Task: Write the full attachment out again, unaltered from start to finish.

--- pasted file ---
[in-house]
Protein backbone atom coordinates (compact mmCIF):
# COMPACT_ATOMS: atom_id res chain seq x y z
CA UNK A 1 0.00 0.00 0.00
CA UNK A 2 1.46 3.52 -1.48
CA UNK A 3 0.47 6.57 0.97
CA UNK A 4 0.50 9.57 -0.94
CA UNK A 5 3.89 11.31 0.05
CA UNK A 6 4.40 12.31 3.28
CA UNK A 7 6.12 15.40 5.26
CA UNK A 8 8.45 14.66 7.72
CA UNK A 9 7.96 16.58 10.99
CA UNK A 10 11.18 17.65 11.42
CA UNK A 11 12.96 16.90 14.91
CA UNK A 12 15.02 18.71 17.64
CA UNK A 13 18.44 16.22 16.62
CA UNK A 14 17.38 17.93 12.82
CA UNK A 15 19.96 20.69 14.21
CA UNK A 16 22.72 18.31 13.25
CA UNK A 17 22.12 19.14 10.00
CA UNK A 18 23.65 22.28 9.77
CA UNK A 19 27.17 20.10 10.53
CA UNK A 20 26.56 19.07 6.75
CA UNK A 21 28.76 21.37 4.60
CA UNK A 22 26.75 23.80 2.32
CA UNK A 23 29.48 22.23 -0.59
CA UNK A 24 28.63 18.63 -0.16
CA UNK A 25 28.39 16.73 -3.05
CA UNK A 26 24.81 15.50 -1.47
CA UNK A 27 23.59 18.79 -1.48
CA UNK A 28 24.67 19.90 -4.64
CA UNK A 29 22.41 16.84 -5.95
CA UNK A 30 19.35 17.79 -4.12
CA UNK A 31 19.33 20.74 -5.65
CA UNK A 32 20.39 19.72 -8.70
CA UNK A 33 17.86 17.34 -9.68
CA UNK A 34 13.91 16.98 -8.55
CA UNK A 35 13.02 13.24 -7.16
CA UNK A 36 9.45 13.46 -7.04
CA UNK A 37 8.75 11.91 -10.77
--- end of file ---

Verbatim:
[in-house]
Protein backbone atom coordinates (compact mmCIF):
# COMPACT_ATOMS: atom_id res chain seq x y z
CA UNK A 1 0.00 0.00 0.00
CA UNK A 2 1.46 3.52 -1.48
CA UNK A 3 0.47 6.57 0.97
CA UNK A 4 0.50 9.57 -0.94
CA UNK A 5 3.89 11.31 0.05
CA UNK A 6 4.40 12.31 3.28
CA UNK A 7 6.12 15.40 5.26
CA UNK A 8 8.45 14.66 7.72
CA UNK A 9 7.96 16.58 10.99
CA UNK A 10 11.18 17.65 11.42
CA UNK A 11 12.96 16.90 14.91
CA UNK A 12 15.02 18.71 17.64
CA UNK A 13 18.44 16.22 16.62
CA UNK A 14 17.38 17.93 12.82
CA UNK A 15 19.96 20.69 14.21
CA UNK A 16 22.72 18.31 13.25
CA UNK A 17 22.12 19.14 10.00
CA UNK A 18 23.65 22.28 9.77
CA UNK A 19 27.17 20.10 10.53
CA UNK A 20 26.56 19.07 6.75
CA UNK A 21 28.76 21.37 4.60
CA UNK A 22 26.75 23.80 2.32
CA UNK A 23 29.48 22.23 -0.59
CA UNK A 24 28.63 18.63 -0.16
CA UNK A 25 28.39 16.73 -3.05
CA UNK A 26 24.81 15.50 -1.47
CA UNK A 27 23.59 18.79 -1.48
CA UNK A 28 24.67 19.90 -4.64
CA UNK A 29 22.41 16.84 -5.95
CA UNK A 30 19.35 17.79 -4.12
CA UNK A 31 19.33 20.74 -5.65
CA UNK A 32 20.39 19.72 -8.70
CA UNK A 33 17.86 17.34 -9.68
CA UNK A 34 13.91 16.98 -8.55
CA UNK A 35 13.02 13.24 -7.16
CA UNK A 36 9.45 13.46 -7.04
CA UNK A 37 8.75 11.91 -10.77